Britain pushes to take Saudi Arabia off Europe’s dirty money blacklist
BRUSSELS: Britain is leading a group of European Union (EU) states who are trying to block a plan to include Saudi Arabia and 22 other jurisdictions on a blacklist of countries that pose moneylaundering and terrorism financing threats, sources said.
The EU’s executive commission recently adopted a draft list that adds Saudi Arabia, Panama and small Pacific and Caribbean islands to the existing list of 16 states, which currently includes Iran, Iraq, Syria, Afghanistan, Yemen and North Korea.
The list needs the endorsement of a majority of the 28 EU nations but Britain and other heavyweights of the bloc, including Germany, France, Italy and Spain, are raising concerns, three EU officials told Reuters.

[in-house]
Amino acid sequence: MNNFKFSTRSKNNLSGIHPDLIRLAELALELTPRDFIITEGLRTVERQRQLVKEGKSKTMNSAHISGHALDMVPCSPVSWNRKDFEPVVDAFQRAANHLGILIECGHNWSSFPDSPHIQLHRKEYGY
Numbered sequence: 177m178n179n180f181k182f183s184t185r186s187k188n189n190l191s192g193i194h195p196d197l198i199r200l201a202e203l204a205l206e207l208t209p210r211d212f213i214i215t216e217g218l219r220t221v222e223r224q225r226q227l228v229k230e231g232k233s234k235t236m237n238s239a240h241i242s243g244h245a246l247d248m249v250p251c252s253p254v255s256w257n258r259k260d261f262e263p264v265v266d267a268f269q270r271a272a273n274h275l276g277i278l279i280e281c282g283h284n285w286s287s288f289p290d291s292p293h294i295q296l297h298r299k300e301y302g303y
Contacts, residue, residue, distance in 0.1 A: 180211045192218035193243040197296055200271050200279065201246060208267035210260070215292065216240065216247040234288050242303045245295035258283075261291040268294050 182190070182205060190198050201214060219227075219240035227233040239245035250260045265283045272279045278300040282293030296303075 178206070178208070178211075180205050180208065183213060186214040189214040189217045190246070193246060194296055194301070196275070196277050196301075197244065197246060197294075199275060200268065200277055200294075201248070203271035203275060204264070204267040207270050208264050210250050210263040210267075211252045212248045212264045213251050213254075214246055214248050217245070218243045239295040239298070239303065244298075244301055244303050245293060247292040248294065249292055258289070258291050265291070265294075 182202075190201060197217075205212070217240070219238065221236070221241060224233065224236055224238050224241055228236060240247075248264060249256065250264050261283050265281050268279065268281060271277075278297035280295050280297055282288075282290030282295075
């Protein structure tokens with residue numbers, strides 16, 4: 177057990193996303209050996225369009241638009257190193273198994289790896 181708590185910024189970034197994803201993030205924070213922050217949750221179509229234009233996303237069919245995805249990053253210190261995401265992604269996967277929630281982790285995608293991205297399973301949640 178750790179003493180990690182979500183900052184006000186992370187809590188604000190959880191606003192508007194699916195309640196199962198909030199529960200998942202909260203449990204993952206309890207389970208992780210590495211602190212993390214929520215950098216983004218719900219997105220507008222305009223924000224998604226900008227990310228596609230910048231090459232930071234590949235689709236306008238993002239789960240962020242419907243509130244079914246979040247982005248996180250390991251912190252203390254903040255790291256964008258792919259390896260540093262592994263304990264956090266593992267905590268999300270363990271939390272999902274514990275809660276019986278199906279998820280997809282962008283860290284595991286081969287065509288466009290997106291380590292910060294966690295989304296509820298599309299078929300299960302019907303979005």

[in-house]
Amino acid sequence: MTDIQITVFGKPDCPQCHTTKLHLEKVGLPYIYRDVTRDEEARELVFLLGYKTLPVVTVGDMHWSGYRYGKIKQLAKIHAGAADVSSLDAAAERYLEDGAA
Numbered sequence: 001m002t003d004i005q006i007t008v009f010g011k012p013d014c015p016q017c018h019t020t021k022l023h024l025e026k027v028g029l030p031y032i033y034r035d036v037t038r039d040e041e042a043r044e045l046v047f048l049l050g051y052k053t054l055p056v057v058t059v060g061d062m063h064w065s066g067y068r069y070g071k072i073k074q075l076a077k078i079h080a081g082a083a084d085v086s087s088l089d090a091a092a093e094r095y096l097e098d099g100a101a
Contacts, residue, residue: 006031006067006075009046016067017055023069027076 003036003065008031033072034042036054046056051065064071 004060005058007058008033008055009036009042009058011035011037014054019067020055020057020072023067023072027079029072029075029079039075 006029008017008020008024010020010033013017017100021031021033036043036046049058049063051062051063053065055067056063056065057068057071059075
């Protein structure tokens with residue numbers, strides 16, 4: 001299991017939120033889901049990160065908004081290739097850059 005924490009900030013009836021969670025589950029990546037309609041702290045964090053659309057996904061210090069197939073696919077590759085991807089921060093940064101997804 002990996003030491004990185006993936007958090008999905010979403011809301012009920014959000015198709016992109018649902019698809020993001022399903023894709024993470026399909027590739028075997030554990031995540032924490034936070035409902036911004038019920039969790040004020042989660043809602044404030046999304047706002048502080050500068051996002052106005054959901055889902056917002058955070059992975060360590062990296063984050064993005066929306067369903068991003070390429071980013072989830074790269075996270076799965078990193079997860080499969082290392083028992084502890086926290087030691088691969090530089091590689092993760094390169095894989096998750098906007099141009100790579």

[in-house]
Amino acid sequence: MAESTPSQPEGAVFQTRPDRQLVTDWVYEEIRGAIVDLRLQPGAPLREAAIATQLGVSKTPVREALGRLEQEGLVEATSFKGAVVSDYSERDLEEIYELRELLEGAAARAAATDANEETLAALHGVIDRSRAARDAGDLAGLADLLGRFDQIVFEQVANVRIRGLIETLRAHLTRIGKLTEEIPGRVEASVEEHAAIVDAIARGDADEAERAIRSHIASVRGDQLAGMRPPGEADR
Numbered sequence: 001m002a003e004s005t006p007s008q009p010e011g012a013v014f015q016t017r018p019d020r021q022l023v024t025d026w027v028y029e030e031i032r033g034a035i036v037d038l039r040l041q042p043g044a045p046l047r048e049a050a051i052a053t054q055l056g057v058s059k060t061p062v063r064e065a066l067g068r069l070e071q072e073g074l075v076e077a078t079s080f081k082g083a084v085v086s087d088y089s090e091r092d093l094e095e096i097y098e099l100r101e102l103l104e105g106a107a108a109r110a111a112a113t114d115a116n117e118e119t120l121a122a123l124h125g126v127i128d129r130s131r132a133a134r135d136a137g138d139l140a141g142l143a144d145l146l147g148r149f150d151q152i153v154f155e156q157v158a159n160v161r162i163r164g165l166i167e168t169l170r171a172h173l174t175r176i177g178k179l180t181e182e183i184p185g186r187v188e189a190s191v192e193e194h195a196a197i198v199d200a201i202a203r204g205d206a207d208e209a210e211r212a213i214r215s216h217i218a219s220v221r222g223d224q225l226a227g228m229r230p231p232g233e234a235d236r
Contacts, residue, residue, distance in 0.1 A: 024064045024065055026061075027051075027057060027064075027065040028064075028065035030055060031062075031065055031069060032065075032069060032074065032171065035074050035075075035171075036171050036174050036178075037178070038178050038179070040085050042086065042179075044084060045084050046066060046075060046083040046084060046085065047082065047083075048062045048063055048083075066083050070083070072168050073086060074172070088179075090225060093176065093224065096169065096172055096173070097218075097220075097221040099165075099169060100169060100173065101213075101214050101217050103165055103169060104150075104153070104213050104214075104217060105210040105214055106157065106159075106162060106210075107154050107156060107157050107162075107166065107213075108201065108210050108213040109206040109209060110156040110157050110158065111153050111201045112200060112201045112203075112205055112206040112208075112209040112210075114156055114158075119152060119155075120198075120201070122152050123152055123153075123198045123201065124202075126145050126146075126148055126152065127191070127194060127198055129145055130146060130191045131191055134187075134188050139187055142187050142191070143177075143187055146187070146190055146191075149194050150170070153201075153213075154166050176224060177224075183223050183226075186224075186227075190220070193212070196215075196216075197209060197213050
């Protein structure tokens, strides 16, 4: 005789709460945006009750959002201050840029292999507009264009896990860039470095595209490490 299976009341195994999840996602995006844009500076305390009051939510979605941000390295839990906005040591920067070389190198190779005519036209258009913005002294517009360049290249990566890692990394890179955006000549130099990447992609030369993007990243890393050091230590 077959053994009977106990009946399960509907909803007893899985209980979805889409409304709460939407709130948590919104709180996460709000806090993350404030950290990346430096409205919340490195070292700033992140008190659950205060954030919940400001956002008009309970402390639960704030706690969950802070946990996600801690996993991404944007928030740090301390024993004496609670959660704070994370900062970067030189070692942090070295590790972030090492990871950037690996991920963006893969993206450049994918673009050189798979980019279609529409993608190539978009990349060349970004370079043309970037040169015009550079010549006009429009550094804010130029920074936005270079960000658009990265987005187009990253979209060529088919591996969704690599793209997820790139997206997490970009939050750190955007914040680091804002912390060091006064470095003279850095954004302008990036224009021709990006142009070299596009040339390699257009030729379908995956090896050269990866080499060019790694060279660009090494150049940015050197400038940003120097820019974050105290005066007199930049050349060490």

Two of the sources said EU states’ reluctance to endorse the list was mostly driven by concerns over the inclusion of Saudi Arabia and Panama on the list.
Listed countries face higher scrutiny in their financial dealings with the EU, with bloc’s banks forced to carry out additional checks on payments involving entities from those jurisdictions.
Britain is the country that is pushing more openly not to include Riyadh in the list, one official said, while Spain is insisting it excludes Panama.
Oil-rich Saudi Arabia is a top importer of EU products and weapons, while Panama is a major financial centre in Latin America with many EU firms involved in the multi-billion-dollar expansion of its trans-oceanic canal.
British officials were not immediately available for a comment.